When in the midst of a challenging journey, most of us check the progress we are making, however slow, by looking for the light at the end of the tunnel. As part of Descartes’ ongoing update on the global shipping crisis, we will examine key logistics and economic data to try to see if the situation is improving. Here are the latest data points:
U.S. Import Container Volume Remains High.
Compared with August, September is slightly lower, but compared year on year the numbers are significantly higher (See Figure #1). Overall, September this year was 9% above the same month last year and 22% higher than the pre-pandemic period of 2019, according to trade data from Descartes Datamyne. In general, TEU volume will likely continue hovering around the 2.4 million and 2.6 million TEU ranges monthly until the Fall of 2022.
Figure #1. U.S. Container Import Volume Year-over-Year Comparison
Why 24×7 Will Not Reduce the Congestion
Overall, port entry delays are down slightly. So far this month, the estimated delay for a vessel entering the Port of Los Angeles is 14.5 days. This is a decline from the peak of 15.3 days that we saw in August. For context, the estimated delay in October of last year was 4.5 days/
The proposed increase in operating hours for the Port (a proposal that is likely to spread to other ports), while certainly helpful, is only estimated to improve throughput by roughly 3,500 containers per week; however, the Port of LA already is handling more than 80,000 containers per week based on averages over the last several months.
What are Carriers and Logistics Service Providers Saying?
Logistics managers and transportation industry operators continue to emphasize that their businesses remain at max capacity and that the current situation is unlikely to improve in the near future – they are not expecting a decline in shipping demand through the rest of 2021 and well into 2022. The warning from these professionals is that carriers simply are not able to keep up with demand and this has resulted in ships being packed beyond capacity and produced increased container “rolling” rates.
Retailers are Still Behind on Inventory Levels
Inventory to sales ratios (see Figure #2) have improved slightly but remain almost 32% lower than last year. In addition, many retailers have stated that they will carry more inventory going forward. Closing the retail inventory to sales ratio gap and exceeding it will continue to put pressure on global logistics providers beyond the holiday peak season and well into 2022.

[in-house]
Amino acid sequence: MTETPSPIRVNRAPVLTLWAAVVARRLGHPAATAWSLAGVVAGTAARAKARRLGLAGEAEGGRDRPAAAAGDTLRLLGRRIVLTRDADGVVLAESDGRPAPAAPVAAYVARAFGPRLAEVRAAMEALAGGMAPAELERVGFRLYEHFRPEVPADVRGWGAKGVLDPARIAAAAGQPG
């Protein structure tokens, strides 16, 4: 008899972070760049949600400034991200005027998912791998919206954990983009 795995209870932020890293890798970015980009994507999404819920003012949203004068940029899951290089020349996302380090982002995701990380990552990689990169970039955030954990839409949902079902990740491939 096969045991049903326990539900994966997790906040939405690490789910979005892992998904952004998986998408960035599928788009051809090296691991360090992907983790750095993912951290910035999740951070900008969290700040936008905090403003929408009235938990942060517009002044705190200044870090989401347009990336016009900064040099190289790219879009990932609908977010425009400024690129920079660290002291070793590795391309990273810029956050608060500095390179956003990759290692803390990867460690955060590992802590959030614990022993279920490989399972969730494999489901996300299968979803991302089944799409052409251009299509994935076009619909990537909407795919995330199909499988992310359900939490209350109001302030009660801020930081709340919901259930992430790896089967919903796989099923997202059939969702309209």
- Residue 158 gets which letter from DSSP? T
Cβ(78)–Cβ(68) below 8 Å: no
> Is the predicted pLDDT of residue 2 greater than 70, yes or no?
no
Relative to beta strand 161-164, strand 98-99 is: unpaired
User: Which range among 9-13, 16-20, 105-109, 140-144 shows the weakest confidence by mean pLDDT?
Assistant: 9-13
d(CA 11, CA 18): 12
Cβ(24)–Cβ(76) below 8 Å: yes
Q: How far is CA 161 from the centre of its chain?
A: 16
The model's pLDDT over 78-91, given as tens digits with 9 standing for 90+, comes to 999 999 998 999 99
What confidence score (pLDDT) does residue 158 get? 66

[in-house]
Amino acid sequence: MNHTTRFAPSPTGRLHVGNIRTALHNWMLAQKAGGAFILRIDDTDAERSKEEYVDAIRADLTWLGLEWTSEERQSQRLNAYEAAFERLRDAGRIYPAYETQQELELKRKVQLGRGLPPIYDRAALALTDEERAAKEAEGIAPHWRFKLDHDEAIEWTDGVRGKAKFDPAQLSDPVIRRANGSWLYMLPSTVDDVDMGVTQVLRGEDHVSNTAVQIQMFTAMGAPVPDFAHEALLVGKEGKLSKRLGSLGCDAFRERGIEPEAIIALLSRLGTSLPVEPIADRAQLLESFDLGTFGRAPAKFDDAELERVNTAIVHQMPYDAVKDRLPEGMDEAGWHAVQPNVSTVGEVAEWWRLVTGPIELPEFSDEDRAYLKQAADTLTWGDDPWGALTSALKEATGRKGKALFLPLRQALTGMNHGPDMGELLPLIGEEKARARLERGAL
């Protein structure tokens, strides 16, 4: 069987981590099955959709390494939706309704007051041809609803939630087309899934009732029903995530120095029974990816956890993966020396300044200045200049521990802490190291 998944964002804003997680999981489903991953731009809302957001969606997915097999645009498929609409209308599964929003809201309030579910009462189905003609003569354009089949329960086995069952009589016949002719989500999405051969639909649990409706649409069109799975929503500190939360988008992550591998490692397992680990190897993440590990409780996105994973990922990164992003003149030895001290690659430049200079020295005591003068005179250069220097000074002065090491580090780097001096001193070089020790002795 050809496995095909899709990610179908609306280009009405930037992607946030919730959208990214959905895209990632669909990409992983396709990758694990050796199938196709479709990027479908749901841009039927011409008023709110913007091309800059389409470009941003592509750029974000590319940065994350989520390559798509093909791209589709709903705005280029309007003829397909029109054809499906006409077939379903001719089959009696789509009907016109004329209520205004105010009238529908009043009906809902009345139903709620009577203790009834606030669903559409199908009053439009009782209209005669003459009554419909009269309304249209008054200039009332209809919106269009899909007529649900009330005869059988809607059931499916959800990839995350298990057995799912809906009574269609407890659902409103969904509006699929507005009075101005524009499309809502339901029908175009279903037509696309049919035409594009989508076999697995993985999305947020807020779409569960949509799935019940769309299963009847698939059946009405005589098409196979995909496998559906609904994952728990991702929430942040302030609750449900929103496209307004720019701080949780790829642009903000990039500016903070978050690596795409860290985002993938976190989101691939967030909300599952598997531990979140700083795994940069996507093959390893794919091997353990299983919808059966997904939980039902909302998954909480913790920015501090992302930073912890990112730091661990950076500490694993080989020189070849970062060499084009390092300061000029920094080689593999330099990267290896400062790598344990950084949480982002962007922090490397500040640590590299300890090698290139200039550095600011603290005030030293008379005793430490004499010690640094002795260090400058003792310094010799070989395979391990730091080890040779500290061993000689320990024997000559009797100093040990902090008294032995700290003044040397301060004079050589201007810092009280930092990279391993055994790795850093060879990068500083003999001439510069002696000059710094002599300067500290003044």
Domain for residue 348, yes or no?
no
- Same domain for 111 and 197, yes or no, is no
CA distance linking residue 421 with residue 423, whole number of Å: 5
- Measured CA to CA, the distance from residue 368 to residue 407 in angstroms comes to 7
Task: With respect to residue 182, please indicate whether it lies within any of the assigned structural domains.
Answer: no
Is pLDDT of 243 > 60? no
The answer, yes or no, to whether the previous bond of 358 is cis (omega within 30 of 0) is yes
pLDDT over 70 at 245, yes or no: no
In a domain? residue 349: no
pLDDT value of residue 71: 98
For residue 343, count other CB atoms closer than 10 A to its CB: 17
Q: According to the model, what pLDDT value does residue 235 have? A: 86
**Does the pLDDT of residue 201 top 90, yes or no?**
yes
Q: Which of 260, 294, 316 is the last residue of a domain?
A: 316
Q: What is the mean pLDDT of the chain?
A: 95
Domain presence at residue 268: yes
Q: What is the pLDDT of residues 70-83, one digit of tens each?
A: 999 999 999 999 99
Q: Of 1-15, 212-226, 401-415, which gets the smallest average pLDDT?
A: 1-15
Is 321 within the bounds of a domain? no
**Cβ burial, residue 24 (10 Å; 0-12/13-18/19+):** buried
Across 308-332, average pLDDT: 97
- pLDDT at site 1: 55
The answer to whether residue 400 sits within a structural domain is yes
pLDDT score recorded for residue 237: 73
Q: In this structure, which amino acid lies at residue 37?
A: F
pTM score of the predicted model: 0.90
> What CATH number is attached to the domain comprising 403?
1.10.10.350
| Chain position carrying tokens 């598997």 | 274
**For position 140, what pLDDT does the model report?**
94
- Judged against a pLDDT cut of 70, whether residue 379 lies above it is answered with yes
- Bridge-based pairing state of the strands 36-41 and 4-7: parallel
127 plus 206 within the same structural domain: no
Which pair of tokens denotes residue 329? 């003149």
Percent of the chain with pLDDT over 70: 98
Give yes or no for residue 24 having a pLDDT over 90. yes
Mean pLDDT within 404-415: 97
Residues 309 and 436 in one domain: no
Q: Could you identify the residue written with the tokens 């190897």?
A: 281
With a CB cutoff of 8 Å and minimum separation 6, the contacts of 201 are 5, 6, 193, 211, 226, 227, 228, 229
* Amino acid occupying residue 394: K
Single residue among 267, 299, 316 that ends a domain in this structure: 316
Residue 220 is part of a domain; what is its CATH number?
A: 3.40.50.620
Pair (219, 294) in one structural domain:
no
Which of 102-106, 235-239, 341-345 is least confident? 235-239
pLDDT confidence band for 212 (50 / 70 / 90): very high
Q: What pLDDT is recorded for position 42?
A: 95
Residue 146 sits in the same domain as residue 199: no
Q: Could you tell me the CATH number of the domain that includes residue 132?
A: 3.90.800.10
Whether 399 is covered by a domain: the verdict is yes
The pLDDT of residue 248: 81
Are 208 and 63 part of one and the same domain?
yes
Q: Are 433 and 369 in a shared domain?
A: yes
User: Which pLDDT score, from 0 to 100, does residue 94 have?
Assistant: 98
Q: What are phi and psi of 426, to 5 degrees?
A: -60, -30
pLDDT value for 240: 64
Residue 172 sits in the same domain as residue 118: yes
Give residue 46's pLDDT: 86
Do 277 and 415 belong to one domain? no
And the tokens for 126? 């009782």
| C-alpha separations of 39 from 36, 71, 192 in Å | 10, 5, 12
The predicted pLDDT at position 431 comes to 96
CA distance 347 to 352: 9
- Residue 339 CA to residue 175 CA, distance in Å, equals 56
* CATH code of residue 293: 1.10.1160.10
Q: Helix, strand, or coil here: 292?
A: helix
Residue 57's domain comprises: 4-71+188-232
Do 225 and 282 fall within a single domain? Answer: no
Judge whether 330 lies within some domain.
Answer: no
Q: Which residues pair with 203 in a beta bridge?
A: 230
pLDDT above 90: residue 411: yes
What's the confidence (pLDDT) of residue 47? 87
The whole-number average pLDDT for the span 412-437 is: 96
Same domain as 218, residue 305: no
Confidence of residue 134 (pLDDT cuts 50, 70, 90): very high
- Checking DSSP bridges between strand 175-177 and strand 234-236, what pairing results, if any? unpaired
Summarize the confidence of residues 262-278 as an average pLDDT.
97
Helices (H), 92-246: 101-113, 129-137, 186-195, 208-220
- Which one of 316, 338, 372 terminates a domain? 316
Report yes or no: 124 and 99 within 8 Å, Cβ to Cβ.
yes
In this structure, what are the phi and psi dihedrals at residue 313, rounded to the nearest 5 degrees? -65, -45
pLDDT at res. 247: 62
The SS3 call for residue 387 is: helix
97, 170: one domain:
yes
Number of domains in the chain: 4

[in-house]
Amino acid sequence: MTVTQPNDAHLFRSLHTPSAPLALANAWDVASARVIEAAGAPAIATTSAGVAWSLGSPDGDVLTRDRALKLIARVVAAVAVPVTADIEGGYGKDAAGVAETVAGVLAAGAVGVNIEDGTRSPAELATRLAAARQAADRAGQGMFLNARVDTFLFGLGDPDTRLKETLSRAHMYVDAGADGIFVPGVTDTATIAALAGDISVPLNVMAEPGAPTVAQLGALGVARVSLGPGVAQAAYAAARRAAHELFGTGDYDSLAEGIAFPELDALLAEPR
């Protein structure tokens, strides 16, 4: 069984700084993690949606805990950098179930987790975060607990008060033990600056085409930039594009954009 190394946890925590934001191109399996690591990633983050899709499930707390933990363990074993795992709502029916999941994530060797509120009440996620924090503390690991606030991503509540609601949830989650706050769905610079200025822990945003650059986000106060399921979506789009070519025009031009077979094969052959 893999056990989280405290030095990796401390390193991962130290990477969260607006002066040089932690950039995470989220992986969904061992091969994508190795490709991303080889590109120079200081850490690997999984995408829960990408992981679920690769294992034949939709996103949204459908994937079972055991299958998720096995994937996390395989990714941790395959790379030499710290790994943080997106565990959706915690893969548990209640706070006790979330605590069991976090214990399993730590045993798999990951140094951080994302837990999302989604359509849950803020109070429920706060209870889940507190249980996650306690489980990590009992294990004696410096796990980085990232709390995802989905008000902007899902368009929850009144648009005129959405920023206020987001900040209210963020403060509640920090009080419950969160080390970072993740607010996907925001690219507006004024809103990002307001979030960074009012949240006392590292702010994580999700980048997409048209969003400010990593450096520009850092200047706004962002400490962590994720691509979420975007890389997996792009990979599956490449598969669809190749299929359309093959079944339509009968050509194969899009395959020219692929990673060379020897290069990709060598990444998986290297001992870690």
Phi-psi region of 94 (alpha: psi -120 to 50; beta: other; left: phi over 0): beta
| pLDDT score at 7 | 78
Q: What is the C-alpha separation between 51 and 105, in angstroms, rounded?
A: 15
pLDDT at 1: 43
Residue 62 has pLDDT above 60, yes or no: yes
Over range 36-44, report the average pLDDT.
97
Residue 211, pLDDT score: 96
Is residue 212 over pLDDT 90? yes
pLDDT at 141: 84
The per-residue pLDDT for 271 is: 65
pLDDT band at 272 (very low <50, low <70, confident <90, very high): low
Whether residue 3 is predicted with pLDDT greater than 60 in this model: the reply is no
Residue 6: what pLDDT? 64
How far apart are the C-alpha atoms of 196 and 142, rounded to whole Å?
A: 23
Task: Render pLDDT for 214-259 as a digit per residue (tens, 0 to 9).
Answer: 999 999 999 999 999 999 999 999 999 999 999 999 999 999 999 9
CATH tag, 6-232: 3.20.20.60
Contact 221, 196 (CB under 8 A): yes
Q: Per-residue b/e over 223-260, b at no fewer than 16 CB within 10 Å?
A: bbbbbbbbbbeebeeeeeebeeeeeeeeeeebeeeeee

Figure #2: FRED Retail Inventory to Sales Ratio
Consumers are Continuing to Embrace the “Stuff Economy”.
While still dealing with the current crisis, there are several factors that could result in even more long-term shipping volume increases. Many consumers continue to do well economically, but no longer spend their disposable income on “experiences” such as international travel or even local experiences like restaurants and theatres. These consumers are, instead, buying durable and non-durable goods at very strong rates (See Figures #3 and #4). The implication for global shipping is that many of these goods are produced outside of the U.S. and will need to be imported – increasing overall demand and prolonging the capacity crunch.
Figure #3: Personal Consumption Expenditures: Durable Goods Figure #4: Personal Consumption Expenditures: Nondurable Goods
Are We There Yet?
From a high-level perspective, it’s safe to say at this point that we are not close to “there yet”. The data continues to suggest that importers view the global logistics capacity shortage as more than a short-term problem.
Descartes will continue to highlight Descartes Datamyne and U.S. trade data monthly to give importers and logistics services providers a better view into the continuing global shipping crisis. In the meantime, importers should: a) evaluate product mix to only focus on their high velocity SKUs for the limited transportation capacity available to minimize cash cycles with limited available inventory; b) shift their movement of goods to less congested lanes to improve supply chain velocity and reliability and c) evaluate supplier and factory location density to mitigate reliance on over-taxed trade lanes.